If so, are there any paypal-alternatives for shoppers at businesses who offer only a paypal payment option?

  7. Geoff
    July 18, 2013 at 2:03 am

    Another alternative for selling from a website or blog you could check out is their fairly new but growing. It's really simple to use for the seller and buyer. Especially good if selling digital downloads.

  8. Dom
    May 14, 2013 at 10:18 am

    I had to pay via Moneybookers for something and gave them a "one-shot" email address. Some time later I started getting gambling-related spam to that address. Moneybookers have their roots in online gambling.

    Do no trust Moneybookers.

  9. null
    April 24, 2013 at 11:00 pm

    You don't mention how 75% of ebay sellers ONLY take PayPal. Nothing else.

    • Henry Page
      July 22, 2013 at 5:31 pm

      You could always ask to be paid directly into your bank (Bank Giro Credit)

  10. Abhijith R
    April 23, 2013 at 4:32 pm

    good one

    • John
      September 23, 2013 at 4:14 pm

      If you can't compete too bad! The consumers are the winners, why make them pay more so to "level" out the competition. Typical Brit socialism BS!

  11. Keith S
    April 20, 2013 at 11:29 pm

    Competition! It is the American Way!

    • Henry Page
      July 22, 2013 at 5:26 pm

      Sadly that's not true. American companies are often despised abroad for rank profiteering. Take Levi's as an example how much do you pay in the US for a pair? Here in the UK £75 - £100 ($120 -$150) and they say the price difference between here and the US is economy of scale. The same goes with simple stuff like newly released DVDs at $40 a go, iPad 64gb at $1100. Amazon is destroying our local shops by supplying at prices that are some way below the shop prices because they base themselves in the cheapest tax states et etc. To be honest, most Brits are sick of it. Unfair competition, not competition. If we didn't have the EU Apple and Google would have got away with so many things where the EU said NO!

  12. Chris Marcoe
    April 20, 2013 at 7:08 pm

    Hey Joel; In your estimate, where would PayPal rank in your list?

    I use PayPal all the time and I've never had a problem. And i feel secure having some (But not much) money in a PayPal account. Also, how pervasive are these others? Specifically, are there enough businesses accepting these others to make them worth while? Or, would you have to have all of them to get the same coverage as PayPal?

    Thanks for a great read.

    • Nat
      May 2, 2013 at 8:33 pm

      I ran my first online course using PayPal and as soon as the money from my registrations hit, PayPal put a lock on my account and demanded I prove to them I am not a money launderer. It took weeks to get my money released. Insane. I'm desperate for a viable alternative to PayPal, they are too powerful anyway.

  13. KyleTaylored
    April 20, 2013 at 2:57 pm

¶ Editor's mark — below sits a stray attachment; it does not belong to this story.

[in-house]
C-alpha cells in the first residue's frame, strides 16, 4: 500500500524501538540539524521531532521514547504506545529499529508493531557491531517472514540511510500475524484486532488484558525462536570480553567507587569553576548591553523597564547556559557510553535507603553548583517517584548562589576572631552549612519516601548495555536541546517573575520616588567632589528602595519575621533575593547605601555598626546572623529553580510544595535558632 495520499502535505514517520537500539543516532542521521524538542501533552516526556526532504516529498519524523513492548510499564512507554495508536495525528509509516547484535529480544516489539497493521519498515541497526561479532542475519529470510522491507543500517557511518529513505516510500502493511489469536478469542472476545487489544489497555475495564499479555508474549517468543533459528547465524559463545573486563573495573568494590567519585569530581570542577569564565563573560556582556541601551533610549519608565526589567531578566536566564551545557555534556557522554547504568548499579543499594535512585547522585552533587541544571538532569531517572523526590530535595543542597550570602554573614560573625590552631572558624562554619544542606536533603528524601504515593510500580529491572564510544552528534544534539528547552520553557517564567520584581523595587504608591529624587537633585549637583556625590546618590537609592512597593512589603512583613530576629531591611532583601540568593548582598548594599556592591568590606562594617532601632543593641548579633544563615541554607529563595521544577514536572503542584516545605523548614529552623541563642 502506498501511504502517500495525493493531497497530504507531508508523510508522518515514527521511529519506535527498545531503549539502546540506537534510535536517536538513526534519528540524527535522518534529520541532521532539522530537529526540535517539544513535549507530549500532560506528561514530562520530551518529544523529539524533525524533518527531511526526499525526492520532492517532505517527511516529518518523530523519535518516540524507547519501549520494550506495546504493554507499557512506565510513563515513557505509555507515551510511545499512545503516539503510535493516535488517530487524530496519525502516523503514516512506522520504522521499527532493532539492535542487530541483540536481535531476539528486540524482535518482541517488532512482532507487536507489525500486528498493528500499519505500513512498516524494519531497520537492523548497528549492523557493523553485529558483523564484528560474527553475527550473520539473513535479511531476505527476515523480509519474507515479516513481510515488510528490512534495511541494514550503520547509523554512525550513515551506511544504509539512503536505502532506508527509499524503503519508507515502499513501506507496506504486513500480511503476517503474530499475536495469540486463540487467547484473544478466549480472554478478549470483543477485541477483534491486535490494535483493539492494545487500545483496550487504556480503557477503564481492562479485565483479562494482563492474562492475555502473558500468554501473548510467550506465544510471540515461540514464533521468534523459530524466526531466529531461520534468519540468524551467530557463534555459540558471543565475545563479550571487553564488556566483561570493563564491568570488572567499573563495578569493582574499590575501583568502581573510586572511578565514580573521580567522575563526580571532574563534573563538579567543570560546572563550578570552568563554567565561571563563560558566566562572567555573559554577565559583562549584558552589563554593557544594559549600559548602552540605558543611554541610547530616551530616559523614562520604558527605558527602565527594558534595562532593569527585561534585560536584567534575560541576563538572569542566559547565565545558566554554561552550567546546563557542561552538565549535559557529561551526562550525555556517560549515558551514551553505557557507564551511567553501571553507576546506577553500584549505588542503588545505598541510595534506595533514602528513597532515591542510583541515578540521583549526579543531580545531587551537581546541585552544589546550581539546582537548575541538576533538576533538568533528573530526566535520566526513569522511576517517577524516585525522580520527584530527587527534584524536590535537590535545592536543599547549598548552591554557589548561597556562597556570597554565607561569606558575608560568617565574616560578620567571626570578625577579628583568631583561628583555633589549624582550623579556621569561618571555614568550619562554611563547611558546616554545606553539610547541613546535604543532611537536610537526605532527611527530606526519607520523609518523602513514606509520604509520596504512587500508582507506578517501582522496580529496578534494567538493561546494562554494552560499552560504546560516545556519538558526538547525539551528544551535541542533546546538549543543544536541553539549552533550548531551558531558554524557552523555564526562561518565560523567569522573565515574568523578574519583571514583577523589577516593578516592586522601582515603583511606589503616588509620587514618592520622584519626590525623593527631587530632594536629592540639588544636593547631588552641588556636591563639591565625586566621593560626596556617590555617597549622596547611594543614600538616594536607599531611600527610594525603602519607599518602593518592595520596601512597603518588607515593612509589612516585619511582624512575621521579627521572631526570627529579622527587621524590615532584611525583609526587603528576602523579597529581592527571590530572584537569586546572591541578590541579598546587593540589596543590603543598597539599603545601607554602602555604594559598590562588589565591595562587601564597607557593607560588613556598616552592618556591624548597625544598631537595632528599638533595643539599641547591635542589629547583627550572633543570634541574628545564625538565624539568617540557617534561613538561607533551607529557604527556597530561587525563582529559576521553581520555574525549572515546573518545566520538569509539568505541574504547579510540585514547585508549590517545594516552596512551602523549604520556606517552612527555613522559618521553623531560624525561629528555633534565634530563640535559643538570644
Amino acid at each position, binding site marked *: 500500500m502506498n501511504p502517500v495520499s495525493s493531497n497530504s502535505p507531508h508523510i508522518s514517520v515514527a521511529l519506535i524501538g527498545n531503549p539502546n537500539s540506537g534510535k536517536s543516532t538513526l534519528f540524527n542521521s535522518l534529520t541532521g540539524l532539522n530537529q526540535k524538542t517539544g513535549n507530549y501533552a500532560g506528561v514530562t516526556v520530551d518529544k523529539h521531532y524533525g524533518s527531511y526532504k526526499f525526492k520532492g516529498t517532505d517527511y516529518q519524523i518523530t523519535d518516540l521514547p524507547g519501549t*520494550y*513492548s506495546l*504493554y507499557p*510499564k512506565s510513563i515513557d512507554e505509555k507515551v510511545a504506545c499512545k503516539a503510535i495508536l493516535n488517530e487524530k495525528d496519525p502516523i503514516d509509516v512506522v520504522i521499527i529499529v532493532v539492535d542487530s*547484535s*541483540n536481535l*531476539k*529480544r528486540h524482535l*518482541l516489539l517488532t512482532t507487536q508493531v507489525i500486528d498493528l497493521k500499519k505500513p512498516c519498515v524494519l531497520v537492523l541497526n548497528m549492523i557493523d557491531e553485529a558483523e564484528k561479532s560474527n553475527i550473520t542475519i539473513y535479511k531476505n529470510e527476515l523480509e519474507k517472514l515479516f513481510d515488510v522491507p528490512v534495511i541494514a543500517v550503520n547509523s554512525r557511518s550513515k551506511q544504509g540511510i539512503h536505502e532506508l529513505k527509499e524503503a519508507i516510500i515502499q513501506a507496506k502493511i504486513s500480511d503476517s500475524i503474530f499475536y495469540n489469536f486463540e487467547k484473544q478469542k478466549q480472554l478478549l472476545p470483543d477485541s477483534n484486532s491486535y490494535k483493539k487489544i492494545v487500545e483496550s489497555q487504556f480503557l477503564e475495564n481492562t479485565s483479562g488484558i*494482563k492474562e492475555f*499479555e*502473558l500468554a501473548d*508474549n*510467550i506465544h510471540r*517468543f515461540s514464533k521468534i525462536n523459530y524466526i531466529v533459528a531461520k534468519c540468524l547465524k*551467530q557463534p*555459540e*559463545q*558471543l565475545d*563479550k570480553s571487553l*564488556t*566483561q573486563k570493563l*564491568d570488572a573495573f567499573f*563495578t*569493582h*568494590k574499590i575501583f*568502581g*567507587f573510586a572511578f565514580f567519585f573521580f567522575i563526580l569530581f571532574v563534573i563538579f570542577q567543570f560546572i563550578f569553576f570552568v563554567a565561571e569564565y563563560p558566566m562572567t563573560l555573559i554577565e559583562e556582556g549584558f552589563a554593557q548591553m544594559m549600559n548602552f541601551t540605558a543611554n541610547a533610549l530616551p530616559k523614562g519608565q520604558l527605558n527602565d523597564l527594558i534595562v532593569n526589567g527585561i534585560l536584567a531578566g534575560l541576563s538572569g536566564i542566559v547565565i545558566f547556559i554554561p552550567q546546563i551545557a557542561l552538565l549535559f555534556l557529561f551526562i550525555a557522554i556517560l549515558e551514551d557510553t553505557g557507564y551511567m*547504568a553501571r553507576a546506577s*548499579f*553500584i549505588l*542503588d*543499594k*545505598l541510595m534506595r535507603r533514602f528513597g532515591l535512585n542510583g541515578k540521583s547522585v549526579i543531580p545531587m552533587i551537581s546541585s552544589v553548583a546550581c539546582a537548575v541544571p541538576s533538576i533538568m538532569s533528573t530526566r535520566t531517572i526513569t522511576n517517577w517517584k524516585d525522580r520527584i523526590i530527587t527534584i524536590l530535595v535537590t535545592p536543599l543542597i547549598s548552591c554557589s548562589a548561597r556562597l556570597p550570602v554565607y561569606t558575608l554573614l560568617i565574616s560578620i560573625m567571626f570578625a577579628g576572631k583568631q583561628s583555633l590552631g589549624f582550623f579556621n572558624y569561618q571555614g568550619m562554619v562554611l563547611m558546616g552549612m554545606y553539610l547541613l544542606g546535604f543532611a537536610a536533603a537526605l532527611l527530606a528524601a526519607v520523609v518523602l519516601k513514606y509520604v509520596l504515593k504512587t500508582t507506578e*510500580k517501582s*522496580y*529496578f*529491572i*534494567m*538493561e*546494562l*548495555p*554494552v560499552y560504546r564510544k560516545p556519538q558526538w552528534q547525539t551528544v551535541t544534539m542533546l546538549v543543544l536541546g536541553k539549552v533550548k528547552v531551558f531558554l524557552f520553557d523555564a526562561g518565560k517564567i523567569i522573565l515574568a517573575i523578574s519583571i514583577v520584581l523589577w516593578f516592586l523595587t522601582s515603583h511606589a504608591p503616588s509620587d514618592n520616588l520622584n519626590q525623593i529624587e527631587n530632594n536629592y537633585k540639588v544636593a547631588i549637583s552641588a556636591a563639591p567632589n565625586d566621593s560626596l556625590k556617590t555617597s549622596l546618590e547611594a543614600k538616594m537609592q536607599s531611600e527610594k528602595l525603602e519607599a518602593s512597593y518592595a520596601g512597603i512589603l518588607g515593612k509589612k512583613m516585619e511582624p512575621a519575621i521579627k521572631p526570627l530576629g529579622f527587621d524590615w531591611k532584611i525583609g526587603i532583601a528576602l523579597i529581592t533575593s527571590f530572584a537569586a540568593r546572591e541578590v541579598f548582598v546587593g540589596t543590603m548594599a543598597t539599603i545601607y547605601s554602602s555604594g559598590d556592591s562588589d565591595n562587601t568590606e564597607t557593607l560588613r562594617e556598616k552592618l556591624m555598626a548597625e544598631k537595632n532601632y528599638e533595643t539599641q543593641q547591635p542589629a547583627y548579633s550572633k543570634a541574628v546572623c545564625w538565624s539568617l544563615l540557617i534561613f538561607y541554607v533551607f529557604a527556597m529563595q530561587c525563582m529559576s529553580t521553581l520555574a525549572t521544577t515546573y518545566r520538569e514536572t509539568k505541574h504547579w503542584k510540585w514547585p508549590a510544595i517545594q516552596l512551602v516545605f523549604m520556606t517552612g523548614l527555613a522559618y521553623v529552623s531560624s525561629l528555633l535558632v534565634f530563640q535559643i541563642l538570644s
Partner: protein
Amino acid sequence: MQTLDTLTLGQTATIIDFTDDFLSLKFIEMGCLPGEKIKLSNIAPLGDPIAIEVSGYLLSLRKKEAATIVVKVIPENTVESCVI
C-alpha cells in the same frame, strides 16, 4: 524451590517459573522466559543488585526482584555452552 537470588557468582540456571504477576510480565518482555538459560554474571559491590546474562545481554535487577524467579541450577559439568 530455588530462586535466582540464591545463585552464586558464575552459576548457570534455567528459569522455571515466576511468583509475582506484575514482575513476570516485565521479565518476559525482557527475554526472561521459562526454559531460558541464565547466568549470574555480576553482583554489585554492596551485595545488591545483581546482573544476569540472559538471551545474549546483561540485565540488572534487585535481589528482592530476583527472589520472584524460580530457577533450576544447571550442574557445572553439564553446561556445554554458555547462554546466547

Whoa, lot of negativity going on here. If you use eBay, you're kind of stuck with PayPal. But for almost anything else, you have options. I recently started using WePay and it is incredibly easy, versatile, and their support is phenomenal. If you work for yourself, want to set up an online shop or an event to sell tickets, or just take donations - WePay is super easy and awesome. I would recommended anyone who hasn't used it to give it a try.

    • Scott M
      April 21, 2013 at 1:55 am

      I'll check it out but I haven't seen it as a payment option anywhere as of yet.

    • Henry Page
      July 22, 2013 at 5:12 pm

      You cannot be 'kind of stuck' with Paypal as in the EU that would be illegal.

  14. Denis
    April 20, 2013 at 11:02 am

    What about Stripe:, Braintree - and Paymill - ?

  15. Scott M
    April 20, 2013 at 10:58 am

    When I don't use a credit card I think I am forced to use Paypal for the vast majority of my transactions.Unfortunately there isn't an option for any of these to even try them out..

  16. Arthur McKenzie
    April 20, 2013 at 5:40 am

    I use Skrill but I found them impractical for low-value transactions and deposits. For example, when I received a one-time small payment of just $5 for my freelance work, to my horror, they ended up classifying me as a "merchant" and deducted $25 as "gateway usage fee".

    Another problem is that they only have wire transfer as a withdrawal method (at least in Asian countries) which is again expensive for small value transactions and withdrawals as my bank ends up charging anywhere from $25-40 to receive the transfer (correspondent banking fee).

    In contrast, Paypal supports local bank withdrawals which works really great and is also cheaper than Skrill in this regard. I just wish Skrill supported local bank withdrawal (and not just international wire transfer)... That, for me, would make me use that service more.

    • Joel Lee
      April 22, 2013 at 4:16 pm

      Sorry to hear that you got burned by Skrill like that. Thanks for sharing your experience with us. That makes me less likely to use Skrill in the future (or at least more hesitant).